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Italy’s ‘fetus graves’ renew abortion debate



Names marked with an asterisk* have been changed to protect identities. 

Rome, Italy – The words on the crucifix read Francesca Rossi*. Yet Francesca Rossi was standing right in front of it, alive.

Many other wooden crosses bearing only a female name and a date were also stuck in the ground nearby, some dating back as far as 2004.

The date on Rossi’s was 2019, the year she had terminated a six-month pregnancy with an abortion.

Buried underneath were the remains of fetuses.

“This is pure violence,” she told Al Jazeera, describing how the scene has haunted her dreams since last week when she first came across the “graves” in a cemetery on the outskirts of Rome.

Rossi had never agreed for the fetus to be buried there; nor had she agreed for her name to be used in such a way.

“In Italy, you give birth to a child, and they will have the father’s name; you have an abortion, and they will have the name of the mother,” she said.

Rossi visited section 108 of Flaminio cemetery days after another woman had described her experience.

The woman found her name on a cross after reading an article about the so-called “gardens of angels” in a local newspaper.

She posted the details in a Facebook post, which led to the movement.

At least 130 women are now asking prosecutors to investigate who was behind the burials. Meanwhile, women’s rights associations such as Differenza Donna have been gathering testimonies to coordinate joint legal action.

The scandal has shed light on the stigma Italian women face, as well as the barriers to their reproductive rights, even though the right to abortion has been legal since 1978.

Women have the legal right to end a pregnancy up to 90 days old.

After three months, as in Rossi’s case, abortions can take place if the child’s birth or fetal abnormalities pose a severe risk to the woman’s life and mental health.

But over the years, Roman Catholic groups have been conducting fetus burials by striking agreements with local public facilities, including hospitals and cemeteries.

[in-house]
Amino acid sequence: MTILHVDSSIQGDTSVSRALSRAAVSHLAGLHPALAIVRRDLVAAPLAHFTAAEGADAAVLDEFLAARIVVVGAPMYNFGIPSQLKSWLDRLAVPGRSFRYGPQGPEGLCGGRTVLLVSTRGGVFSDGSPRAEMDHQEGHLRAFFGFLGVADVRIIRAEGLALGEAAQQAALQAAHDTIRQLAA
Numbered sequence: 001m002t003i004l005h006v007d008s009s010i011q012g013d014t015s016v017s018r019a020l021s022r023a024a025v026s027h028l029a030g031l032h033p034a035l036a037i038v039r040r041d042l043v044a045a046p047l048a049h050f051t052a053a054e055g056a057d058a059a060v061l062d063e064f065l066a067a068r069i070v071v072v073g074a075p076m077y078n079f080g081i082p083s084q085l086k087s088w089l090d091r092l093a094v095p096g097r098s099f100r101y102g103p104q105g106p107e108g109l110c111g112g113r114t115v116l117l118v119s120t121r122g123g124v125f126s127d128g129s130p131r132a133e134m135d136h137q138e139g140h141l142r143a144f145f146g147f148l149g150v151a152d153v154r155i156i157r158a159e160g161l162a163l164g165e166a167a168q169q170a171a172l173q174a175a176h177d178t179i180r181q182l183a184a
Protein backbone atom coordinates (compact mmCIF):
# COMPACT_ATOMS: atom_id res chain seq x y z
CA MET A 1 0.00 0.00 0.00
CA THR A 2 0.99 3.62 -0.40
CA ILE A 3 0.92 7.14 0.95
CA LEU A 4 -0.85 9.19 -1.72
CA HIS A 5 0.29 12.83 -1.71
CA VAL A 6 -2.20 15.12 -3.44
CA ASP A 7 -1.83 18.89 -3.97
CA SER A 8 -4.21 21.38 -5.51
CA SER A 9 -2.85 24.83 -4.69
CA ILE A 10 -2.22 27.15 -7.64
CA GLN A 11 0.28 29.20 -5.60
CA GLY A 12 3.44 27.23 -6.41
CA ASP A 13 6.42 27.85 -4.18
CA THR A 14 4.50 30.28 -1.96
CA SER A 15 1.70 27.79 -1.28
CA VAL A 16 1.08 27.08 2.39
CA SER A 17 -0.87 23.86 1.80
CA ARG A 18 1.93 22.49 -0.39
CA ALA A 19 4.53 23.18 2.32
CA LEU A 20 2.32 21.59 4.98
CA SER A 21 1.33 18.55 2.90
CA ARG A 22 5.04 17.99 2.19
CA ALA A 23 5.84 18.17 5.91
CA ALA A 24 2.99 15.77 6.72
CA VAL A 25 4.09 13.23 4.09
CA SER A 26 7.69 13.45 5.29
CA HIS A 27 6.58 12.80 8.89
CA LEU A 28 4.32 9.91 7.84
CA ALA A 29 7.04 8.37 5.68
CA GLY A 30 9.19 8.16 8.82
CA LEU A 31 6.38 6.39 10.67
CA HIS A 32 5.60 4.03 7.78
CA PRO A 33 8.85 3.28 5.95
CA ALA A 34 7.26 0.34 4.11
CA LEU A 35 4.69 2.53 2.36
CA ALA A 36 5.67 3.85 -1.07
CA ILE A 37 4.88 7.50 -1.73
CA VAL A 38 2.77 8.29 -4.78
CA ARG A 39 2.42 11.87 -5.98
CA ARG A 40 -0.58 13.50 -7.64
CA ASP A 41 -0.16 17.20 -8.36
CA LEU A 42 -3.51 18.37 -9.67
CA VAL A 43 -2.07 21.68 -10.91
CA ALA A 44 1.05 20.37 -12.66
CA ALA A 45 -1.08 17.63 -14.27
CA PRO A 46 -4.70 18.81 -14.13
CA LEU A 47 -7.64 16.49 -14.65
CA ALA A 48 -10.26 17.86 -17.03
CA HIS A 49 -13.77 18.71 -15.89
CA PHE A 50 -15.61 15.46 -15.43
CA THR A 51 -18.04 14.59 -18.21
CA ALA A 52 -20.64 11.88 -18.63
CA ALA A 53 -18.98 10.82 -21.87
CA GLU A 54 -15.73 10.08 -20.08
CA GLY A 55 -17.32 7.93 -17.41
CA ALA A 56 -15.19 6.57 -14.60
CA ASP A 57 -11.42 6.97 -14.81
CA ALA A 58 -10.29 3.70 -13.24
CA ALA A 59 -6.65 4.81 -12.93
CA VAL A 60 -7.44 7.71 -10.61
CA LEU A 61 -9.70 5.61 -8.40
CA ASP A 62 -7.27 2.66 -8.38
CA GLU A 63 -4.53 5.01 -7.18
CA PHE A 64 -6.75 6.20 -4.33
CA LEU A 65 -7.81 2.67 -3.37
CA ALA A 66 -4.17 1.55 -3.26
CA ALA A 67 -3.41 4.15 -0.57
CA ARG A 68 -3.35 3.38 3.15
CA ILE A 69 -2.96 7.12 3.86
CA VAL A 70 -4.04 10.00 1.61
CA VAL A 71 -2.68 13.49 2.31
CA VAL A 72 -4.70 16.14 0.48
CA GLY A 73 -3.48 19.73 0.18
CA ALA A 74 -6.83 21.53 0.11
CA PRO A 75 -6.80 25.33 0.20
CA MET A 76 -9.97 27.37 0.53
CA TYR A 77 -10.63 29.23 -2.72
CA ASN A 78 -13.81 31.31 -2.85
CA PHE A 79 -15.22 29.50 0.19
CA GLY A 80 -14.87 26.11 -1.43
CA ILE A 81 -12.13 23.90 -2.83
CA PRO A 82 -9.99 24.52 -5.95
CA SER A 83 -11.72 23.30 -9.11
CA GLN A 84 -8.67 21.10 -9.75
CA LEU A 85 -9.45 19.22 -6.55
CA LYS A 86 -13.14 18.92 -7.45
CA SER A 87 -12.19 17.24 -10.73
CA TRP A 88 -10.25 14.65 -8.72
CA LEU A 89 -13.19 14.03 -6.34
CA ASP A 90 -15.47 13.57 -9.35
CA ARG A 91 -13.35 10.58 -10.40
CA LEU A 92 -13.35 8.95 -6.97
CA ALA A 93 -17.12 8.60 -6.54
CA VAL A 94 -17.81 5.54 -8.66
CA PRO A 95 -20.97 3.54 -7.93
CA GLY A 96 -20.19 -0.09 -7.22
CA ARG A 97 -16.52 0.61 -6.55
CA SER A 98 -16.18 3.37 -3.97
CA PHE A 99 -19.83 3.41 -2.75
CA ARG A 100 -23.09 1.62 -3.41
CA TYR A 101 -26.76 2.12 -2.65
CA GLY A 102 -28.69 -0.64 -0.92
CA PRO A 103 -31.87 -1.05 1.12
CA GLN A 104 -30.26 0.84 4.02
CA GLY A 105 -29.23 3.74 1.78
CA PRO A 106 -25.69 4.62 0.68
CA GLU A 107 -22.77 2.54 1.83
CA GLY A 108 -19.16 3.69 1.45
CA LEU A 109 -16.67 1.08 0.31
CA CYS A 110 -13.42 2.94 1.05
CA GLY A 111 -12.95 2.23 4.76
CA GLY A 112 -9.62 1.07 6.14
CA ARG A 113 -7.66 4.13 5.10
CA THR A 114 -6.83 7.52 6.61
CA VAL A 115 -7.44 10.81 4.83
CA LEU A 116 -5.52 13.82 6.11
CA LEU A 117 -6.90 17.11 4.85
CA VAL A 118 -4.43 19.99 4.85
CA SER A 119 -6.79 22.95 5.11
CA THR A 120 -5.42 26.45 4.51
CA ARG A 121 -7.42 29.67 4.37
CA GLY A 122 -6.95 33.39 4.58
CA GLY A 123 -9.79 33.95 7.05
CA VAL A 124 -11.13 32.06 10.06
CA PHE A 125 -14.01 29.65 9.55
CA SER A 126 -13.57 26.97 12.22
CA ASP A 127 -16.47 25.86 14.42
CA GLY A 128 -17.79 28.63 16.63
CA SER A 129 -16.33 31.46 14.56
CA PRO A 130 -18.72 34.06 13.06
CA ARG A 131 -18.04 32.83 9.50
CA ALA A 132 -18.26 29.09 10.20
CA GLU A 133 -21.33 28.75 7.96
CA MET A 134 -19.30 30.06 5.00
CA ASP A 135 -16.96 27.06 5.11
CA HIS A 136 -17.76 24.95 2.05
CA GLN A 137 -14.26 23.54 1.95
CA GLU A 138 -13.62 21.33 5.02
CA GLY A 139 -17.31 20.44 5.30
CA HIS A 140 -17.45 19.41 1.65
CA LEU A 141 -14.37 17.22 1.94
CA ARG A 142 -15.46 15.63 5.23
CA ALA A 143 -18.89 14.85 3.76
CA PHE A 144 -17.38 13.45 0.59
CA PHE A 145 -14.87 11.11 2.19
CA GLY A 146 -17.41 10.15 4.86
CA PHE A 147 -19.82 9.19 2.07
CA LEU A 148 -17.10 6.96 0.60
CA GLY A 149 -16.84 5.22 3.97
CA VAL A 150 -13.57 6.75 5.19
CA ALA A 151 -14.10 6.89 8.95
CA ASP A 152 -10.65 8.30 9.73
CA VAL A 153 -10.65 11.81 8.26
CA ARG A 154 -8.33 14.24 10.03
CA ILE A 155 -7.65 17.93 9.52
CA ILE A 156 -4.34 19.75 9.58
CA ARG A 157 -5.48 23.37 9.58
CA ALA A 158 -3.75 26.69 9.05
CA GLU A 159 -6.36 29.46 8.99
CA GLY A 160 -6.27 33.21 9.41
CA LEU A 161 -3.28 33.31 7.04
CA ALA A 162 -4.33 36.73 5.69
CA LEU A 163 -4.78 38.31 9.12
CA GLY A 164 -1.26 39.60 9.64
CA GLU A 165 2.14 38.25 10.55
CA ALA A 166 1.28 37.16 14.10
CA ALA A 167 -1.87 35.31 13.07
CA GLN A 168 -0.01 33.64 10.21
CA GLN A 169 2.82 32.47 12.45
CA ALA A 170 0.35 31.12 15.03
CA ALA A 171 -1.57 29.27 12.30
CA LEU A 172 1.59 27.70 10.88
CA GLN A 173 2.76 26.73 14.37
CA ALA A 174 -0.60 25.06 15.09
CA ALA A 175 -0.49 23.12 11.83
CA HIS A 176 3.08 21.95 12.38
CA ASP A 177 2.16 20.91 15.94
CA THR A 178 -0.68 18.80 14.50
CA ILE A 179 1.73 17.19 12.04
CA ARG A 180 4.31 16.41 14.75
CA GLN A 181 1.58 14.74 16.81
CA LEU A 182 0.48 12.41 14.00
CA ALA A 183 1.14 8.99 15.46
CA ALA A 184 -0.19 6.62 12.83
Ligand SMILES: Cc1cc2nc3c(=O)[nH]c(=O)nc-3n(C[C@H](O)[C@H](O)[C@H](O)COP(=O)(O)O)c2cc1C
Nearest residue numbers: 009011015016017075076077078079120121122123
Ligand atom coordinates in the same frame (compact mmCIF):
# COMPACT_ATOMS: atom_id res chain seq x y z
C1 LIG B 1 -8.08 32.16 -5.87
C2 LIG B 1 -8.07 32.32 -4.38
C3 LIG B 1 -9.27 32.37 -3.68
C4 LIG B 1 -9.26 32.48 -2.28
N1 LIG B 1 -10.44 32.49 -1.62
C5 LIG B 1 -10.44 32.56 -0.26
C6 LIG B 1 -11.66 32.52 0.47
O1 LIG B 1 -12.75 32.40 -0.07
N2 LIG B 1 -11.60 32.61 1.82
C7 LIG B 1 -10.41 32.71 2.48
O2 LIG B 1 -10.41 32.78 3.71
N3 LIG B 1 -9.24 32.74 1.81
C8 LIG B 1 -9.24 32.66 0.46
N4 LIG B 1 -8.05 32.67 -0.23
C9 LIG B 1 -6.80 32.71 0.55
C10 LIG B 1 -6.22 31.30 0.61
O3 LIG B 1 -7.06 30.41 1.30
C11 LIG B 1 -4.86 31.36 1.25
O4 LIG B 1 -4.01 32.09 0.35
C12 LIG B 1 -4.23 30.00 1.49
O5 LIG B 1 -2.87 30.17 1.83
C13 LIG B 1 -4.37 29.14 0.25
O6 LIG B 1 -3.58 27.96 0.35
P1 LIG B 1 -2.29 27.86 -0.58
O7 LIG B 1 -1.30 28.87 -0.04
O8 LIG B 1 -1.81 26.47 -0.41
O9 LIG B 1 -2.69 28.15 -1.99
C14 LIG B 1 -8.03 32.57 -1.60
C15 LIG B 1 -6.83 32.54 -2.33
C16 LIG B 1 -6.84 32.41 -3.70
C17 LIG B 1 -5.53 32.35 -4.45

Associations such as Difendere la vita con Maria – Defend life with Mary – are liaising with about 20 hospitals across Italy after having signed “collection and storage” deals.

At their own expense, these groups sometimes provide the hospital’s morgue with a dedicated refrigerator for the remains.

They justify the practice by their own interpretation of a law which states that if an abortion takes place after 20 weeks of pregnancy, family members or “someone on their behalf” can request – within 24 hours – to bury the fetus.

If such a request is not put forward, the local health authority is responsible.

Catholic groups interpret “someone on their behalf” as an authorisation to collect and bury a fetus regardless of the woman’s consent.

“The fetus is an individual, it’s no one’s property, hence it holds rights as much as the woman,” said Stefano Di Battista, spokesman for Difendere la vita con Maria.

But Italian law states an individual gains legal standing following their birth, and not before.

Di Battista said his association was not involved in the burials at Flaminio cemetery.

San Camillo Hospital, the facility where the woman denouncing the practice online terminated her pregnancy, and the branch of the Rome municipality that deals with cemeteries also denied any responsibility.

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‘The ultimate punishment’

Rossi said discovering her name at the cemetery felt like “the ultimate punishment” in a painful journey.

She had already experienced stigma and feelings of abandonment.

“I am irritated that the first comments by politicians focused on [the breach of] privacy, while we should be way more scandalised by how women get physically and psychologically tortured in hospitals,” she said.

In September 2019, Rossi decided to terminate her pregnancy after discovering the fetus had a serious heart problem.

“The psychiatrist of the hospital kept trying to change my mind. They kept showing me by ultrasounds the shape of the baby, to hear the sound of the heartbeat to make me change my mind as if the pain was not enough already,” she said.

Rossi was given four abortion pills, with no information, she said, and with no one assisting the seven-hour ordeal.

She and her husband later paid for themselves to go to trauma therapy following the abortion; no mental health support was provided.